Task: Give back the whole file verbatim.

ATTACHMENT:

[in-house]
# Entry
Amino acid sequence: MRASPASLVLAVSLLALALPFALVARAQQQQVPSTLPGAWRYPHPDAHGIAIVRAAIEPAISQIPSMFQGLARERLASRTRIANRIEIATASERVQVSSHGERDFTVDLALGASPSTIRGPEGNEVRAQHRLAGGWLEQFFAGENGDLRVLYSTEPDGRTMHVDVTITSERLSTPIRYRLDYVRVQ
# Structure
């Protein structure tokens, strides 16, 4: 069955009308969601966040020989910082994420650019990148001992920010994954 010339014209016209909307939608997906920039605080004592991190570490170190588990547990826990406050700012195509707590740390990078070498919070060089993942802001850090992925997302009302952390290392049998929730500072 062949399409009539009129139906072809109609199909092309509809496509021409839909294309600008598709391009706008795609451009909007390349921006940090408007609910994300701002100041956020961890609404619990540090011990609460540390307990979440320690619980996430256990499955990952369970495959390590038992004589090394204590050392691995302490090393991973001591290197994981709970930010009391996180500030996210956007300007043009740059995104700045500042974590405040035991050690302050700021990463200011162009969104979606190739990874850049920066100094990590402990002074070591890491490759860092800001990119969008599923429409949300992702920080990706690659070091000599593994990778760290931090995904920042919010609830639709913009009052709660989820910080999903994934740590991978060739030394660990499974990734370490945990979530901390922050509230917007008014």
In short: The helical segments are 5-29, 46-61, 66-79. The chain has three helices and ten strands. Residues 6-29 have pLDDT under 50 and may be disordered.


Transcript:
[in-house]
# Entry
Amino acid sequence: MRASPASLVLAVSLLALALPFALVARAQQQQVPSTLPGAWRYPHPDAHGIAIVRAAIEPAISQIPSMFQGLARERLASRTRIANRIEIATASERVQVSSHGERDFTVDLALGASPSTIRGPEGNEVRAQHRLAGGWLEQFFAGENGDLRVLYSTEPDGRTMHVDVTITSERLSTPIRYRLDYVRVQ
# Structure
């Protein structure tokens, strides 16, 4: 069955009308969601966040020989910082994420650019990148001992920010994954 010339014209016209909307939608997906920039605080004592991190570490170190588990547990826990406050700012195509707590740390990078070498919070060089993942802001850090992925997302009302952390290392049998929730500072 062949399409009539009129139906072809109609199909092309509809496509021409839909294309600008598709391009706008795609451009909007390349921006940090408007609910994300701002100041956020961890609404619990540090011990609460540390307990979440320690619980996430256990499955990952369970495959390590038992004589090394204590050392691995302490090393991973001591290197994981709970930010009391996180500030996210956007300007043009740059995104700045500042974590405040035991050690302050700021990463200011162009969104979606190739990874850049920066100094990590402990002074070591890491490759860092800001990119969008599923429409949300992702920080990706690659070091000599593994990778760290931090995904920042919010609830639709913009009052709660989820910080999903994934740590991978060739030394660990499974990734370490945990979530901390922050509230917007008014």
In short: The helical segments are 5-29, 46-61, 66-79. The chain has three helices and ten strands. Residues 6-29 have pLDDT under 50 and may be disordered.